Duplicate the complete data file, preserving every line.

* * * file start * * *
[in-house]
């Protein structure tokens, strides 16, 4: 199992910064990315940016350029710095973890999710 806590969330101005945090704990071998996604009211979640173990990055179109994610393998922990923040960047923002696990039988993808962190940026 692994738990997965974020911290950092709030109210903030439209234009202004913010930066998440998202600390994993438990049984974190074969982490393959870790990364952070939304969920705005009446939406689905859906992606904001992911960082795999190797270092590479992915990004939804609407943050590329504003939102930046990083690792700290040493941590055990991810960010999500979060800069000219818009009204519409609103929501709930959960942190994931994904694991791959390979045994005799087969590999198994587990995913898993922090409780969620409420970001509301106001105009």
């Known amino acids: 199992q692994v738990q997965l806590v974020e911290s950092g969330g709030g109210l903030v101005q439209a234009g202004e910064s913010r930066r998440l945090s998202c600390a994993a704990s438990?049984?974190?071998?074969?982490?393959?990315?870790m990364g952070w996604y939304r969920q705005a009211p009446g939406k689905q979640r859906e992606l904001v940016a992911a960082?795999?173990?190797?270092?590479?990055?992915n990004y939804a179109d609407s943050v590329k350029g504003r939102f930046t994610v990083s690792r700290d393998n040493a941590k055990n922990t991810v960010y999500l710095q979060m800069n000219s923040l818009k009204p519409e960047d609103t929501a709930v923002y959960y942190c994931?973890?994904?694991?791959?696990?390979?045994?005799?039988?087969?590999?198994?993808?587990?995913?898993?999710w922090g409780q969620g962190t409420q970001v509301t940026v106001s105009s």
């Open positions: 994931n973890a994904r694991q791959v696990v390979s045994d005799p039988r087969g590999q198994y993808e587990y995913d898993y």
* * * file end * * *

[in-house]
């Protein structure tokens, strides 16, 4: 199992910064990315940016350029710095973890999710 806590969330101005945090704990071998996604009211979640173990990055179109994610393998922990923040960047923002696990039988993808962190940026 692994738990997965974020911290950092709030109210903030439209234009202004913010930066998440998202600390994993438990049984974190074969982490393959870790990364952070939304969920705005009446939406689905859906992606904001992911960082795999190797270092590479992915990004939804609407943050590329504003939102930046990083690792700290040493941590055990991810960010999500979060800069000219818009009204519409609103929501709930959960942190994931994904694991791959390979045994005799087969590999198994587990995913898993922090409780969620409420970001509301106001105009």
């Known amino acids: 199992q692994v738990q997965l806590v974020e911290s950092g969330g709030g109210l903030v101005q439209a234009g202004e910064s913010r930066r998440l945090s998202c600390a994993a704990s438990?049984?974190?071998?074969?982490?393959?990315?870790m990364g952070w996604y939304r969920q705005a009211p009446g939406k689905q979640r859906e992606l904001v940016a992911a960082?795999?173990?190797?270092?590479?990055?992915n990004y939804a179109d609407s943050v590329k350029g504003r939102f930046t994610v990083s690792r700290d393998n040493a941590k055990n922990t991810v960010y999500l710095q979060m800069n000219s923040l818009k009204p519409e960047d609103t929501a709930v923002y959960y942190c994931?973890?994904?694991?791959?696990?390979?045994?005799?039988?087969?590999?198994?993808?587990?995913?898993?999710w922090g409780q969620g962190t409420q970001v509301t940026v106001s105009s």
């Open positions: 994931n973890a994904r694991q791959v696990v390979s045994d005799p039988r087969g590999q198994y993808e587990y995913d898993y």